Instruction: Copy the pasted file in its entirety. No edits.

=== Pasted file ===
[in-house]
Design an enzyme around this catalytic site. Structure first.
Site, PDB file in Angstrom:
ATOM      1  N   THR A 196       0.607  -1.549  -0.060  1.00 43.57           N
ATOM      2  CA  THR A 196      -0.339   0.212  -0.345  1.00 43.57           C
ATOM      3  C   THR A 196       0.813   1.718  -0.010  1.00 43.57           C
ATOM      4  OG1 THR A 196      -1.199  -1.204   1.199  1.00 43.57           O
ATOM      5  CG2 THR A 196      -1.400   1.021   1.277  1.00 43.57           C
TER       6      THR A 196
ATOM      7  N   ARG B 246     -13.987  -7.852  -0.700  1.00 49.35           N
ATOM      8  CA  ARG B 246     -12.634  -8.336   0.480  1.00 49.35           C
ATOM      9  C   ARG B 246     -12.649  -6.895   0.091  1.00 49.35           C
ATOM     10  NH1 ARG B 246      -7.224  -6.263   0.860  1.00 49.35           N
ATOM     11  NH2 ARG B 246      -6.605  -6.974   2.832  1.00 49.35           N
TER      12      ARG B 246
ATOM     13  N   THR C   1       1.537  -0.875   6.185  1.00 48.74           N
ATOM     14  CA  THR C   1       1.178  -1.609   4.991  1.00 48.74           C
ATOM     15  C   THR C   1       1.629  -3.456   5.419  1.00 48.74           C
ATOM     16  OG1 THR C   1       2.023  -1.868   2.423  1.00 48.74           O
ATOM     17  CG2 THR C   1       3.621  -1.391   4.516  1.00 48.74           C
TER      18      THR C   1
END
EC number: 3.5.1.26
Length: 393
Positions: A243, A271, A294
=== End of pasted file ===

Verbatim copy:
[in-house]
Design an enzyme around this catalytic site. Structure first.
Site, PDB file in Angstrom:
ATOM      1  N   THR A 196       0.607  -1.549  -0.060  1.00 43.57           N
ATOM      2  CA  THR A 196      -0.339   0.212  -0.345  1.00 43.57           C
ATOM      3  C   THR A 196       0.813   1.718  -0.010  1.00 43.57           C
ATOM      4  OG1 THR A 196      -1.199  -1.204   1.199  1.00 43.57           O
ATOM      5  CG2 THR A 196      -1.400   1.021   1.277  1.00 43.57           C
TER       6      THR A 196
ATOM      7  N   ARG B 246     -13.987  -7.852  -0.700  1.00 49.35           N
ATOM      8  CA  ARG B 246     -12.634  -8.336   0.480  1.00 49.35           C
ATOM      9  C   ARG B 246     -12.649  -6.895   0.091  1.00 49.35           C
ATOM     10  NH1 ARG B 246      -7.224  -6.263   0.860  1.00 49.35           N
ATOM     11  NH2 ARG B 246      -6.605  -6.974   2.832  1.00 49.35           N
TER      12      ARG B 246
ATOM     13  N   THR C   1       1.537  -0.875   6.185  1.00 48.74           N
ATOM     14  CA  THR C   1       1.178  -1.609   4.991  1.00 48.74           C
ATOM     15  C   THR C   1       1.629  -3.456   5.419  1.00 48.74           C
ATOM     16  OG1 THR C   1       2.023  -1.868   2.423  1.00 48.74           O
ATOM     17  CG2 THR C   1       3.621  -1.391   4.516  1.00 48.74           C
TER      18      THR C   1
END
EC number: 3.5.1.26
Length: 393
Positions: A243, A271, A294